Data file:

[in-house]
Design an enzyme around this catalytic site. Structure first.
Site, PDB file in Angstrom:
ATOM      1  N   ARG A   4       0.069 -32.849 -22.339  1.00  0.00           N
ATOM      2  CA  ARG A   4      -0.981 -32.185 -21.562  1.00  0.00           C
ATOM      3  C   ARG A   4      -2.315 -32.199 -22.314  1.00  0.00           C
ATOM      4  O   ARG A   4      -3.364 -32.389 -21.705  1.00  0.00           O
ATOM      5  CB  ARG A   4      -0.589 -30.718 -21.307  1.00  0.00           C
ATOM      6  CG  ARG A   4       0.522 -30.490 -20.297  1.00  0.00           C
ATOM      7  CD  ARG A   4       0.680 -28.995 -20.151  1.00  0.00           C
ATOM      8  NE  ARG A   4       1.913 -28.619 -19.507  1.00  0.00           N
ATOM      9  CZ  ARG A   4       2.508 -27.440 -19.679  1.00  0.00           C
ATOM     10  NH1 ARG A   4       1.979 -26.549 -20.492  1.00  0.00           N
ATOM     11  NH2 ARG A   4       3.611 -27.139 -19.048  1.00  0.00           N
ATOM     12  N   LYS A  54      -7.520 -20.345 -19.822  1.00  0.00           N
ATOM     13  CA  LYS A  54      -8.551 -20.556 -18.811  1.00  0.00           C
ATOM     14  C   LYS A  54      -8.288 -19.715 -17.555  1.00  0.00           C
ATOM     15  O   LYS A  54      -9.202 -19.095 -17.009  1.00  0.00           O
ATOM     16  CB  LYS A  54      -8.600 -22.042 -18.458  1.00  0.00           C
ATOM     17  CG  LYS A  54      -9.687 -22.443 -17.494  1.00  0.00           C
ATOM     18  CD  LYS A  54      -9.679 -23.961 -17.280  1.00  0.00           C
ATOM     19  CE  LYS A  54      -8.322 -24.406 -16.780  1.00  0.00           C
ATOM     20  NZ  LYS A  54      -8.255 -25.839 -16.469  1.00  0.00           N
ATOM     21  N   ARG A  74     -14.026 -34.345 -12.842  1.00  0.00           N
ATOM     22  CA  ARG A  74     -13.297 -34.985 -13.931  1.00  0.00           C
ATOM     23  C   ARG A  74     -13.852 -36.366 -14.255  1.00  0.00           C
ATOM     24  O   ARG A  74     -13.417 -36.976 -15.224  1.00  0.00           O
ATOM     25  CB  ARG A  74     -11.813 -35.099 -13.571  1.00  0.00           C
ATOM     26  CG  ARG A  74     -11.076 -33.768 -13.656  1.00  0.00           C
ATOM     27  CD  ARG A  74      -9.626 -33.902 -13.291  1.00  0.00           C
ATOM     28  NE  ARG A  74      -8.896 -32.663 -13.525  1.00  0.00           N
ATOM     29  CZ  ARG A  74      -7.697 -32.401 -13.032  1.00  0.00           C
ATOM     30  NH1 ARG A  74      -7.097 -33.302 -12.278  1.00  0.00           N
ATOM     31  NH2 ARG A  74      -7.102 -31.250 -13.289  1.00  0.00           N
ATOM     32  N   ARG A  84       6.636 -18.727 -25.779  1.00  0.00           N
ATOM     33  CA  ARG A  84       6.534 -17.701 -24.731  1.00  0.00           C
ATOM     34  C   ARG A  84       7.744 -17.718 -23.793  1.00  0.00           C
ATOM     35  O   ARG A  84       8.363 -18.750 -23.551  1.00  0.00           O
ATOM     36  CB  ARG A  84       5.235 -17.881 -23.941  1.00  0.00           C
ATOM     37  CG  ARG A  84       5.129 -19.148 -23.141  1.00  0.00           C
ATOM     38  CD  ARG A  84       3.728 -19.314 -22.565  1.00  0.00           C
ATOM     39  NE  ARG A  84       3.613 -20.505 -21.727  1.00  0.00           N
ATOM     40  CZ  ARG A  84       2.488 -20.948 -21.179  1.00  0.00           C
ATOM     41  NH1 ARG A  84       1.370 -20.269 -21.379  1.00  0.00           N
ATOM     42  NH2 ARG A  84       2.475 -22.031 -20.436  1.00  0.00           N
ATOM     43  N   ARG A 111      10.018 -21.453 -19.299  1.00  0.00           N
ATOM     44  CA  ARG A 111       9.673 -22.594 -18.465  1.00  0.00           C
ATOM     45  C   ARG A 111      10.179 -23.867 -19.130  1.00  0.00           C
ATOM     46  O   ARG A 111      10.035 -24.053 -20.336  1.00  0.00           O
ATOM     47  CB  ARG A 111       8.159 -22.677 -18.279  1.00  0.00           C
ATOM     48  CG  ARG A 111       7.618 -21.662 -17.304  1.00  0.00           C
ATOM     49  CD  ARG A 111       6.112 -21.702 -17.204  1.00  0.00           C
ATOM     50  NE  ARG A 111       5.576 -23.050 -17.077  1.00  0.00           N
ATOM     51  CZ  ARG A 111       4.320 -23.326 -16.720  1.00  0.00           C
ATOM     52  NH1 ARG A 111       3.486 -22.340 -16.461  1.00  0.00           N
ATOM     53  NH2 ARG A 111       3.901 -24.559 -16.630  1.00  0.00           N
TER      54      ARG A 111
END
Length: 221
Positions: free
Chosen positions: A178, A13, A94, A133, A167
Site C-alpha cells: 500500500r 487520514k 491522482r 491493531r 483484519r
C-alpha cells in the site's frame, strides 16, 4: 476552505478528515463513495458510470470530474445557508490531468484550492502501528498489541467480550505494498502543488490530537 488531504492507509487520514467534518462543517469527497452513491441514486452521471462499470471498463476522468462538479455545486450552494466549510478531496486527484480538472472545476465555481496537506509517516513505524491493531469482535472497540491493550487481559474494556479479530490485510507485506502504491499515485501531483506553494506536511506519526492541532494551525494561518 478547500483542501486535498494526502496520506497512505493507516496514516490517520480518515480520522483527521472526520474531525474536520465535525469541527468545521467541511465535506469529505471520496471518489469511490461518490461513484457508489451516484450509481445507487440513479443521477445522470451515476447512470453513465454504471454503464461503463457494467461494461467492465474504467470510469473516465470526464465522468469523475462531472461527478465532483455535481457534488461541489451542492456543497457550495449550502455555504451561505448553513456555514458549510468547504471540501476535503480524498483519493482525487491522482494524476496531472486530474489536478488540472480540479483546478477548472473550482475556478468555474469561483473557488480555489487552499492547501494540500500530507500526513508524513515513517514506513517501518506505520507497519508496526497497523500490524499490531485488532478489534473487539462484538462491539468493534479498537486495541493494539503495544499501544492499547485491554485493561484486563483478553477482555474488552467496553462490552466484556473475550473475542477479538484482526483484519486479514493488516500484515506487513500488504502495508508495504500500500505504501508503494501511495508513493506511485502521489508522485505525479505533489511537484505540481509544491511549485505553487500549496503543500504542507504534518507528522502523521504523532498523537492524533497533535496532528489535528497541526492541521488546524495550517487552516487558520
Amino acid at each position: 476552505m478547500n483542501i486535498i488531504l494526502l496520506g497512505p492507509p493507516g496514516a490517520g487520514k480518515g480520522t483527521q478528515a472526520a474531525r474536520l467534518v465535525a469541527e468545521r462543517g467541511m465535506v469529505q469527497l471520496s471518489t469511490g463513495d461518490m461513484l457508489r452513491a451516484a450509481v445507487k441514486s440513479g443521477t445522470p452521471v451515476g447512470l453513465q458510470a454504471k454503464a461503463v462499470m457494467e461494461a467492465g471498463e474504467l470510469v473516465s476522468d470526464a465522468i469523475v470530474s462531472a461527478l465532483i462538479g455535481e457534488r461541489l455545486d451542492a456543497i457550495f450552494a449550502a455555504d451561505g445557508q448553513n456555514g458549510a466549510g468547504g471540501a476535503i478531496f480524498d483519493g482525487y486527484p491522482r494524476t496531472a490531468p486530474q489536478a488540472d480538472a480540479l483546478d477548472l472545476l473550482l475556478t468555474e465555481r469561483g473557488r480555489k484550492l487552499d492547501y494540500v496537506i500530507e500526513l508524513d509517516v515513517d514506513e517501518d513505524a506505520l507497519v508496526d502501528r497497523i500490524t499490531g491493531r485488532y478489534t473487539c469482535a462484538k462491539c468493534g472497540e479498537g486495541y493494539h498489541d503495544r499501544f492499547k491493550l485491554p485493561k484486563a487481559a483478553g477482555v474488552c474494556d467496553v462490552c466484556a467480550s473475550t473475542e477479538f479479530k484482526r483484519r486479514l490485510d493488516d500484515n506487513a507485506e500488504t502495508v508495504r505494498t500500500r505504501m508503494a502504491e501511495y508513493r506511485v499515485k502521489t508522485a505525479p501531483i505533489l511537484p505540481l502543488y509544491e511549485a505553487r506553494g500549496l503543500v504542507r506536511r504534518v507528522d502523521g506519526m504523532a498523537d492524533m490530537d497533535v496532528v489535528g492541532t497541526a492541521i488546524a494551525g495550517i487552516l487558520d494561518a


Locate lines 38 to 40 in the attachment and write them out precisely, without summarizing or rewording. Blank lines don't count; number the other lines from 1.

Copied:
ATOM     35  O   ARG A  84       8.363 -18.750 -23.551  1.00  0.00           O
ATOM     36  CB  ARG A  84       5.235 -17.881 -23.941  1.00  0.00           C
ATOM     37  CG  ARG A  84       5.129 -19.148 -23.141  1.00  0.00           C